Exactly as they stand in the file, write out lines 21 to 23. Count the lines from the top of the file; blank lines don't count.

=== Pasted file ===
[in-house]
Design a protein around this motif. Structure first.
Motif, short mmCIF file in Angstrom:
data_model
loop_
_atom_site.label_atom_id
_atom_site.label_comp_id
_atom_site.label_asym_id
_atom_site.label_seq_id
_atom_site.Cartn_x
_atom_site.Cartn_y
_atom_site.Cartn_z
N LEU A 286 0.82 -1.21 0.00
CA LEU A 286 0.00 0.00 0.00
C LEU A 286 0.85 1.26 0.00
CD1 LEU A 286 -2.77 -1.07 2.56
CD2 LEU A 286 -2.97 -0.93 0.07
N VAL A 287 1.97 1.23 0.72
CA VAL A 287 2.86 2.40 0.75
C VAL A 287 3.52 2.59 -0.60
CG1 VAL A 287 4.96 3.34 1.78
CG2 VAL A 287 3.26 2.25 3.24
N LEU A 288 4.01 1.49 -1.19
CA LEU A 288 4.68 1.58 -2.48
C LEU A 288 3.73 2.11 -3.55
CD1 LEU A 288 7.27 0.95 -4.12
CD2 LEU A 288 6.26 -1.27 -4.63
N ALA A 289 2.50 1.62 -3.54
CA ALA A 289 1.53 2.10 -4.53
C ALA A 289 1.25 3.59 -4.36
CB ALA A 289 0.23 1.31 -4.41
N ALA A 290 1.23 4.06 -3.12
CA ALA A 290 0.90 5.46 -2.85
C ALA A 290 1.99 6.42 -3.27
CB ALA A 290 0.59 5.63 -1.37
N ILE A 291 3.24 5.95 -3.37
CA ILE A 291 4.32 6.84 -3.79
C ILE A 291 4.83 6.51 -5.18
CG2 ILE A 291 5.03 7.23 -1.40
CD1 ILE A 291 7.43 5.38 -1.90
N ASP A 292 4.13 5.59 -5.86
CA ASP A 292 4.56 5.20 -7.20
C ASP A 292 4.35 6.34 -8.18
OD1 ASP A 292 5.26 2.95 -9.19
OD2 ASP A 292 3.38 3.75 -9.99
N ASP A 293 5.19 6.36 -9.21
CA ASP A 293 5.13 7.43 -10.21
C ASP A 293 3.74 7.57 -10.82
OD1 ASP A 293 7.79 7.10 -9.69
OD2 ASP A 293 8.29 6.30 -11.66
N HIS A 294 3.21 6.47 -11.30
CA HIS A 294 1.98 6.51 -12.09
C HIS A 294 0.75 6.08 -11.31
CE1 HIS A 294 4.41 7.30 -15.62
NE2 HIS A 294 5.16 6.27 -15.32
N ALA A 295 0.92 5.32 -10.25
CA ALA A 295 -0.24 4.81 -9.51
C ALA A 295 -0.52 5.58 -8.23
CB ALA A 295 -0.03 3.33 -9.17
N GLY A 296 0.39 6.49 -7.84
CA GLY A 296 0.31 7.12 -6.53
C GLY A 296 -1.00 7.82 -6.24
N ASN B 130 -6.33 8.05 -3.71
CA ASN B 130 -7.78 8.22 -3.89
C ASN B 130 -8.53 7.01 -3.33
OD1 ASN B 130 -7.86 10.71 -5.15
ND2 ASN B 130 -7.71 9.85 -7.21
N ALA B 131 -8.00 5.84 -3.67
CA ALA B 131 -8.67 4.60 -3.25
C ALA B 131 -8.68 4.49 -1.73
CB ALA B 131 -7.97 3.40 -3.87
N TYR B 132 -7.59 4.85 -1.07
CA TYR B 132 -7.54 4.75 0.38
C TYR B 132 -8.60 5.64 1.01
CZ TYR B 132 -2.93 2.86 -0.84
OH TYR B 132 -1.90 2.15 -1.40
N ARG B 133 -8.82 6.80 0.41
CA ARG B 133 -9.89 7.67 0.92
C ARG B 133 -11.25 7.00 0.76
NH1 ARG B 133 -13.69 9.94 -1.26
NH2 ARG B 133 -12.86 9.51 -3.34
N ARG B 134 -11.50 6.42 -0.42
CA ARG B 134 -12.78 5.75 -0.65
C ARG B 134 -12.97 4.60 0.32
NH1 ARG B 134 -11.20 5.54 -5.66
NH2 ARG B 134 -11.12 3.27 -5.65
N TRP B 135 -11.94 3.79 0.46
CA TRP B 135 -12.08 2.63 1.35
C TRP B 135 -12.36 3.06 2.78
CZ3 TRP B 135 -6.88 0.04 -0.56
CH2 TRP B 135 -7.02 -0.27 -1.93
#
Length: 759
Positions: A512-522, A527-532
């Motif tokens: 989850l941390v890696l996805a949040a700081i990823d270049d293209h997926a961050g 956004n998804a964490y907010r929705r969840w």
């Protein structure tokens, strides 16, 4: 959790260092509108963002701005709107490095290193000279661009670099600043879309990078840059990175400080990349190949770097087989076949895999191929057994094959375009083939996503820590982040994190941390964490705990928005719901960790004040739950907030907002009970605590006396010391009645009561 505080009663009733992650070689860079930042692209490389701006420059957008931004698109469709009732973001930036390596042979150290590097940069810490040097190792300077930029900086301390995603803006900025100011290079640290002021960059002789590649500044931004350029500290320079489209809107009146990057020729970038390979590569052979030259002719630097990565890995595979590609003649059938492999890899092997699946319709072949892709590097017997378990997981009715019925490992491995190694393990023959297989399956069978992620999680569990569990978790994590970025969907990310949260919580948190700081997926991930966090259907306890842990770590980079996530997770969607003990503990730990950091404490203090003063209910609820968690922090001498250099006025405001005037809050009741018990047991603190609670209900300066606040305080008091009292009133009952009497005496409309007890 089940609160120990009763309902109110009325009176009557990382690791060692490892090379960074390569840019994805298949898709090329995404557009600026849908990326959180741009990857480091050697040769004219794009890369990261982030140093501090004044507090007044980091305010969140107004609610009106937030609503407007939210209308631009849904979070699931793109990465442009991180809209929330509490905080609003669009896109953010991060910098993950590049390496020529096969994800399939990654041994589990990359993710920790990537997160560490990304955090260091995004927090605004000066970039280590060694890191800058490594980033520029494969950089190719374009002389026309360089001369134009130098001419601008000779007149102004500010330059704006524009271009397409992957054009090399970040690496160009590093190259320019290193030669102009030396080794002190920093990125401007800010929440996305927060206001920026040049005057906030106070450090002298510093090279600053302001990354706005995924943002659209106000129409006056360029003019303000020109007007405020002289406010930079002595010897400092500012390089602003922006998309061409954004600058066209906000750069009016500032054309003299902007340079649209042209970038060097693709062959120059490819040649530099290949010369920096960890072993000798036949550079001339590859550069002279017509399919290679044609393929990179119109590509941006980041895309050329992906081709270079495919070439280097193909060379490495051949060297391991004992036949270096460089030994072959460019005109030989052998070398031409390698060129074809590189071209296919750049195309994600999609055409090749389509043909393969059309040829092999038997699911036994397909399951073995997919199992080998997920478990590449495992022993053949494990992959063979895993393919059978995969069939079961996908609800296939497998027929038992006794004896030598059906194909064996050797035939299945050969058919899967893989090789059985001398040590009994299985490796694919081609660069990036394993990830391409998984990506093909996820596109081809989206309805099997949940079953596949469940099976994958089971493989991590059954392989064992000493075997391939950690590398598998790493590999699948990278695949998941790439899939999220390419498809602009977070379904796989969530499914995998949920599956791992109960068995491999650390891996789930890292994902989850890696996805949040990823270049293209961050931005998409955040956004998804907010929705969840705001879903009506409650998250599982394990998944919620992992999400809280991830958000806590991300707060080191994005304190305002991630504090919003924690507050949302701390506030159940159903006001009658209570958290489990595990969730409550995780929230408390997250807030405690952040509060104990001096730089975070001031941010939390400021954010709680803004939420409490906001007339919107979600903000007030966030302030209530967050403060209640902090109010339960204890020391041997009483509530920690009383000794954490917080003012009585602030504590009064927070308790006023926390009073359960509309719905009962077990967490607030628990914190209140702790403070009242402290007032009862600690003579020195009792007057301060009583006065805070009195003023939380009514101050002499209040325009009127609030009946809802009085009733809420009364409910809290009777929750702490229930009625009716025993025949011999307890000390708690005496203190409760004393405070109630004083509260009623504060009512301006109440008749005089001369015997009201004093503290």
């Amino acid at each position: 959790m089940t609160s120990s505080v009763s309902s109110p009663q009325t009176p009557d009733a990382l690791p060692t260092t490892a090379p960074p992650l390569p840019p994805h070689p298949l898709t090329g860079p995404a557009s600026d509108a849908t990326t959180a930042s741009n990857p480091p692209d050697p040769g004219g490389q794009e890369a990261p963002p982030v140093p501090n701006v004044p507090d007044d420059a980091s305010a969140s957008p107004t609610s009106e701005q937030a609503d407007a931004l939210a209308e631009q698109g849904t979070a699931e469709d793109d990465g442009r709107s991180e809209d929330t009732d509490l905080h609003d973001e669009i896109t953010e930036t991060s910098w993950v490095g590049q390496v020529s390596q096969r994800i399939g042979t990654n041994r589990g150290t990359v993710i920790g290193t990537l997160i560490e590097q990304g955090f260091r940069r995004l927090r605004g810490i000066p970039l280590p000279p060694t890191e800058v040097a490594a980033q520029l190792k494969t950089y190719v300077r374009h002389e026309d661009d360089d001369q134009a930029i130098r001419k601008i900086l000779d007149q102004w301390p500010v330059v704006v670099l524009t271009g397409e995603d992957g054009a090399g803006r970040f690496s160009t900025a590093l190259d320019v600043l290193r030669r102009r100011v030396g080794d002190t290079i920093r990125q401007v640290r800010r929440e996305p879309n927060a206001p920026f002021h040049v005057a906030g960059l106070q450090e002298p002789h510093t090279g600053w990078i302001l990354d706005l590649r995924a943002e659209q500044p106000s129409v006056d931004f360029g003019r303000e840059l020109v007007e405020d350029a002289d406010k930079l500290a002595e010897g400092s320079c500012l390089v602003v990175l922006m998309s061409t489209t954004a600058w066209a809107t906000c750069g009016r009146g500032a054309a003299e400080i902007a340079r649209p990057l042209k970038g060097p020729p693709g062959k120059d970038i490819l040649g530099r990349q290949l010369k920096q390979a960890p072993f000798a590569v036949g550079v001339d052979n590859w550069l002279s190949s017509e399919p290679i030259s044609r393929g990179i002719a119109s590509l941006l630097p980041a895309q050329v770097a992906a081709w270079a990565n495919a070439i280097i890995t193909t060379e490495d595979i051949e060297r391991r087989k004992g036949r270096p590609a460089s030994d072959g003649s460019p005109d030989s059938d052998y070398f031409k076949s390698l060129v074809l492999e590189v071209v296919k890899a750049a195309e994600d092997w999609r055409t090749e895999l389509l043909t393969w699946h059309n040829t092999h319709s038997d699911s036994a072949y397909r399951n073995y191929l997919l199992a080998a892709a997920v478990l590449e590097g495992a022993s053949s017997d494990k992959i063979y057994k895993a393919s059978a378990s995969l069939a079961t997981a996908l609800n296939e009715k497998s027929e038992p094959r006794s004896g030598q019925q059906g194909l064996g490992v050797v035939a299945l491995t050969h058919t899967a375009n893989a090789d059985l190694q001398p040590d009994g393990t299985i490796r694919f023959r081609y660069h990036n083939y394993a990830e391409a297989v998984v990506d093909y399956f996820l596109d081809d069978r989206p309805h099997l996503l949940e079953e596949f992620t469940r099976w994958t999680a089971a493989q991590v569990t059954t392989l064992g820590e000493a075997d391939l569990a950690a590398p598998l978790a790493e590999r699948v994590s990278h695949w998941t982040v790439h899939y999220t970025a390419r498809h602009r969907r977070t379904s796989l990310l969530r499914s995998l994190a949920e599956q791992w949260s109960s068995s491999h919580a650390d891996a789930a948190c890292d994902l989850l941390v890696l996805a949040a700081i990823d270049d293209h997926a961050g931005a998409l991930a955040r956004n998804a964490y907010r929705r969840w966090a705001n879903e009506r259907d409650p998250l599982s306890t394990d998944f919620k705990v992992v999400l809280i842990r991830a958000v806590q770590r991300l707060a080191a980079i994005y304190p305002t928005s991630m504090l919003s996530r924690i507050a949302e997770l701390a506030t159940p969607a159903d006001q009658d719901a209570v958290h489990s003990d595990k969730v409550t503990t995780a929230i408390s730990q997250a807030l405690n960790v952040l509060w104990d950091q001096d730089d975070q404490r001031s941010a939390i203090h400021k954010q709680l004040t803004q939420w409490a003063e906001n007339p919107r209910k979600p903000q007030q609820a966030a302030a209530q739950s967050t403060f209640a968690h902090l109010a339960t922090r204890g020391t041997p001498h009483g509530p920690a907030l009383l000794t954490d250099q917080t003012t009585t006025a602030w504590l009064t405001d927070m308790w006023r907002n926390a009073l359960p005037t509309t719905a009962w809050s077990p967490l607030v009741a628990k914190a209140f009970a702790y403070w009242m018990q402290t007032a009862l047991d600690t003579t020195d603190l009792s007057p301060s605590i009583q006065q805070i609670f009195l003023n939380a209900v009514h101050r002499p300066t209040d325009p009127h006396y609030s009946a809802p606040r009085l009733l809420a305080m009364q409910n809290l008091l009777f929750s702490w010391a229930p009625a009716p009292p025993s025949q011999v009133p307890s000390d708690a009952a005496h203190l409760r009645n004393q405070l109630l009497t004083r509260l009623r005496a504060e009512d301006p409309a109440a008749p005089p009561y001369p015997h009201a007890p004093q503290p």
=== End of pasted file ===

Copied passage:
CG1 VAL A 287 4.96 3.34 1.78
CG2 VAL A 287 3.26 2.25 3.24
N LEU A 288 4.01 1.49 -1.19